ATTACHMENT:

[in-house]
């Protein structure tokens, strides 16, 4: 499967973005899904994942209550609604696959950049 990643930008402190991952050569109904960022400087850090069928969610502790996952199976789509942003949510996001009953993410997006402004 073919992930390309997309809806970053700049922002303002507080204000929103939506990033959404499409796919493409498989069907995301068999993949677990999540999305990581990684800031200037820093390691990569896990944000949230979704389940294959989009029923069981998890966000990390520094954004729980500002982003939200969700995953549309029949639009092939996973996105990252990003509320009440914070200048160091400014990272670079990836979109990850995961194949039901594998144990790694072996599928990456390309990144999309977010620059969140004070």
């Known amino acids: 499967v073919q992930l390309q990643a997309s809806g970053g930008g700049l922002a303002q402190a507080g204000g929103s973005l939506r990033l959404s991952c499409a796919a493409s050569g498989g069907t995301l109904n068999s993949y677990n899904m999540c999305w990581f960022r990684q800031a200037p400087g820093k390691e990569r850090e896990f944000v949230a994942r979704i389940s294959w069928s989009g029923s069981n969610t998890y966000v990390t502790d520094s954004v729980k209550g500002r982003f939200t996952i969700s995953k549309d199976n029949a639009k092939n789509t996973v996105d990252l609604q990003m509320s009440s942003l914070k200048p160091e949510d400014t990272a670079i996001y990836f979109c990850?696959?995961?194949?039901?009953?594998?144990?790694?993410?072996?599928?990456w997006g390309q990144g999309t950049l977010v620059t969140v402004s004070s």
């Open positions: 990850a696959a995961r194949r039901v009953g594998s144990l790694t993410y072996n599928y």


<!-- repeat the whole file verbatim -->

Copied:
[in-house]
């Protein structure tokens, strides 16, 4: 499967973005899904994942209550609604696959950049 990643930008402190991952050569109904960022400087850090069928969610502790996952199976789509942003949510996001009953993410997006402004 073919992930390309997309809806970053700049922002303002507080204000929103939506990033959404499409796919493409498989069907995301068999993949677990999540999305990581990684800031200037820093390691990569896990944000949230979704389940294959989009029923069981998890966000990390520094954004729980500002982003939200969700995953549309029949639009092939996973996105990252990003509320009440914070200048160091400014990272670079990836979109990850995961194949039901594998144990790694072996599928990456390309990144999309977010620059969140004070």
């Known amino acids: 499967v073919q992930l390309q990643a997309s809806g970053g930008g700049l922002a303002q402190a507080g204000g929103s973005l939506r990033l959404s991952c499409a796919a493409s050569g498989g069907t995301l109904n068999s993949y677990n899904m999540c999305w990581f960022r990684q800031a200037p400087g820093k390691e990569r850090e896990f944000v949230a994942r979704i389940s294959w069928s989009g029923s069981n969610t998890y966000v990390t502790d520094s954004v729980k209550g500002r982003f939200t996952i969700s995953k549309d199976n029949a639009k092939n789509t996973v996105d990252l609604q990003m509320s009440s942003l914070k200048p160091e949510d400014t990272a670079i996001y990836f979109c990850?696959?995961?194949?039901?009953?594998?144990?790694?993410?072996?599928?990456w997006g390309q990144g999309t950049l977010v620059t969140v402004s004070s």
């Open positions: 990850a696959a995961r194949r039901v009953g594998s144990l790694t993410y072996n599928y």